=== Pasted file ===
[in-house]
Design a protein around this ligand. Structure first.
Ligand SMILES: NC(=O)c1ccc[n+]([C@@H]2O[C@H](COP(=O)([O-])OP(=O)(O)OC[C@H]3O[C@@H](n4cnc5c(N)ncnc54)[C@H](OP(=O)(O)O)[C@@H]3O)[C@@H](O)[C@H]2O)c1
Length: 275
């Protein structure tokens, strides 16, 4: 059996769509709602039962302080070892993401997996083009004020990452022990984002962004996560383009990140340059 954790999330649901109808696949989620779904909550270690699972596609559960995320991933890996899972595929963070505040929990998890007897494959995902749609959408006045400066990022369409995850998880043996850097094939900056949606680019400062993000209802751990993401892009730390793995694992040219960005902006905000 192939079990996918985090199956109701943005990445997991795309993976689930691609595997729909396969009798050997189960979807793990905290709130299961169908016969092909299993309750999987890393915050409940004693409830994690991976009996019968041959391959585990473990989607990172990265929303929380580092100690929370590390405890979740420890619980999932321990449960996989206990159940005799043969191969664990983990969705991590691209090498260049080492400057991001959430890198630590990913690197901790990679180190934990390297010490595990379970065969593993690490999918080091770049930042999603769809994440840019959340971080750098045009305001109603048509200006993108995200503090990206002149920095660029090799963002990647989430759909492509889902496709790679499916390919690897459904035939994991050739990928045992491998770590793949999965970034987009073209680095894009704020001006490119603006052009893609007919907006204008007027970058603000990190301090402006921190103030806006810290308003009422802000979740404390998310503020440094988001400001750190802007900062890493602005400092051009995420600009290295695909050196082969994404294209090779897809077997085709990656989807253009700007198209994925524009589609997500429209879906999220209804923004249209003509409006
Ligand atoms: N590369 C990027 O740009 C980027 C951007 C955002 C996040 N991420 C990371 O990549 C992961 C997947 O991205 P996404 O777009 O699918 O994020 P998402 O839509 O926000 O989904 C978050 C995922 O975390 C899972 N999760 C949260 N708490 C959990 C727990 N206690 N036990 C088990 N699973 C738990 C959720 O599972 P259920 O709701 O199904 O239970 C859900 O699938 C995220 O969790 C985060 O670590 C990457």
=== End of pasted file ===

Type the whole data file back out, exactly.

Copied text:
[in-house]
Design a protein around this ligand. Structure first.
Ligand SMILES: NC(=O)c1ccc[n+]([C@@H]2O[C@H](COP(=O)([O-])OP(=O)(O)OC[C@H]3O[C@@H](n4cnc5c(N)ncnc54)[C@H](OP(=O)(O)O)[C@@H]3O)[C@@H](O)[C@H]2O)c1
Length: 275
């Protein structure tokens, strides 16, 4: 059996769509709602039962302080070892993401997996083009004020990452022990984002962004996560383009990140340059 954790999330649901109808696949989620779904909550270690699972596609559960995320991933890996899972595929963070505040929990998890007897494959995902749609959408006045400066990022369409995850998880043996850097094939900056949606680019400062993000209802751990993401892009730390793995694992040219960005902006905000 192939079990996918985090199956109701943005990445997991795309993976689930691609595997729909396969009798050997189960979807793990905290709130299961169908016969092909299993309750999987890393915050409940004693409830994690991976009996019968041959391959585990473990989607990172990265929303929380580092100690929370590390405890979740420890619980999932321990449960996989206990159940005799043969191969664990983990969705991590691209090498260049080492400057991001959430890198630590990913690197901790990679180190934990390297010490595990379970065969593993690490999918080091770049930042999603769809994440840019959340971080750098045009305001109603048509200006993108995200503090990206002149920095660029090799963002990647989430759909492509889902496709790679499916390919690897459904035939994991050739990928045992491998770590793949999965970034987009073209680095894009704020001006490119603006052009893609007919907006204008007027970058603000990190301090402006921190103030806006810290308003009422802000979740404390998310503020440094988001400001750190802007900062890493602005400092051009995420600009290295695909050196082969994404294209090779897809077997085709990656989807253009700007198209994925524009589609997500429209879906999220209804923004249209003509409006
Ligand atoms: N590369 C990027 O740009 C980027 C951007 C955002 C996040 N991420 C990371 O990549 C992961 C997947 O991205 P996404 O777009 O699918 O994020 P998402 O839509 O926000 O989904 C978050 C995922 O975390 C899972 N999760 C949260 N708490 C959990 C727990 N206690 N036990 C088990 N699973 C738990 C959720 O599972 P259920 O709701 O199904 O239970 C859900 O699938 C995220 O969790 C985060 O670590 C990457």